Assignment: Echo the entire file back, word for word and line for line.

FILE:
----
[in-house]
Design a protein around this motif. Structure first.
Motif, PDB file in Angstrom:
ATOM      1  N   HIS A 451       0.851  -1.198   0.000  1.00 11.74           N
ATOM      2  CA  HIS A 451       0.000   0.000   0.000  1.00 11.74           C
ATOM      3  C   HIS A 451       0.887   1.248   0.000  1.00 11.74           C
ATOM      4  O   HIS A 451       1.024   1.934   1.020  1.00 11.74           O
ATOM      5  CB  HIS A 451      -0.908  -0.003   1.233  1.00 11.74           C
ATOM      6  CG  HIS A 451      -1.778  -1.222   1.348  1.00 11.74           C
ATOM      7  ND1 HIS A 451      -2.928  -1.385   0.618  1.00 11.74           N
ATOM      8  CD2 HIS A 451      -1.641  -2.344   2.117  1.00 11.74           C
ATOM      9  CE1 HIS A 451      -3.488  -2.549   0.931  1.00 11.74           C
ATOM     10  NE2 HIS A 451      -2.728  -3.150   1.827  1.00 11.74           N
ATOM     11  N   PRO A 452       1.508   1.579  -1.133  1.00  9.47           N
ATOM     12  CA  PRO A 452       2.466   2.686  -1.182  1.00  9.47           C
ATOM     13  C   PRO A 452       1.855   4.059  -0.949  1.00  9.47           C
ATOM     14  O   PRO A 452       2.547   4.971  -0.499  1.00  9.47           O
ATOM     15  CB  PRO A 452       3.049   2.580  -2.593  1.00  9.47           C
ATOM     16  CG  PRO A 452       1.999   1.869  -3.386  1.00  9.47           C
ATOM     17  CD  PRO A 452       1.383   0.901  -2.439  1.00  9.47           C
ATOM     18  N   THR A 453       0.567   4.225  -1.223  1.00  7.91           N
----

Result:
[in-house]
Design a protein around this motif. Structure first.
Motif, PDB file in Angstrom:
ATOM      1  N   HIS A 451       0.851  -1.198   0.000  1.00 11.74           N
ATOM      2  CA  HIS A 451       0.000   0.000   0.000  1.00 11.74           C
ATOM      3  C   HIS A 451       0.887   1.248   0.000  1.00 11.74           C
ATOM      4  O   HIS A 451       1.024   1.934   1.020  1.00 11.74           O
ATOM      5  CB  HIS A 451      -0.908  -0.003   1.233  1.00 11.74           C
ATOM      6  CG  HIS A 451      -1.778  -1.222   1.348  1.00 11.74           C
ATOM      7  ND1 HIS A 451      -2.928  -1.385   0.618  1.00 11.74           N
ATOM      8  CD2 HIS A 451      -1.641  -2.344   2.117  1.00 11.74           C
ATOM      9  CE1 HIS A 451      -3.488  -2.549   0.931  1.00 11.74           C
ATOM     10  NE2 HIS A 451      -2.728  -3.150   1.827  1.00 11.74           N
ATOM     11  N   PRO A 452       1.508   1.579  -1.133  1.00  9.47           N
ATOM     12  CA  PRO A 452       2.466   2.686  -1.182  1.00  9.47           C
ATOM     13  C   PRO A 452       1.855   4.059  -0.949  1.00  9.47           C
ATOM     14  O   PRO A 452       2.547   4.971  -0.499  1.00  9.47           O
ATOM     15  CB  PRO A 452       3.049   2.580  -2.593  1.00  9.47           C
ATOM     16  CG  PRO A 452       1.999   1.869  -3.386  1.00  9.47           C
ATOM     17  CD  PRO A 452       1.383   0.901  -2.439  1.00  9.47           C
ATOM     18  N   THR A 453       0.567   4.225  -1.223  1.00  7.91           N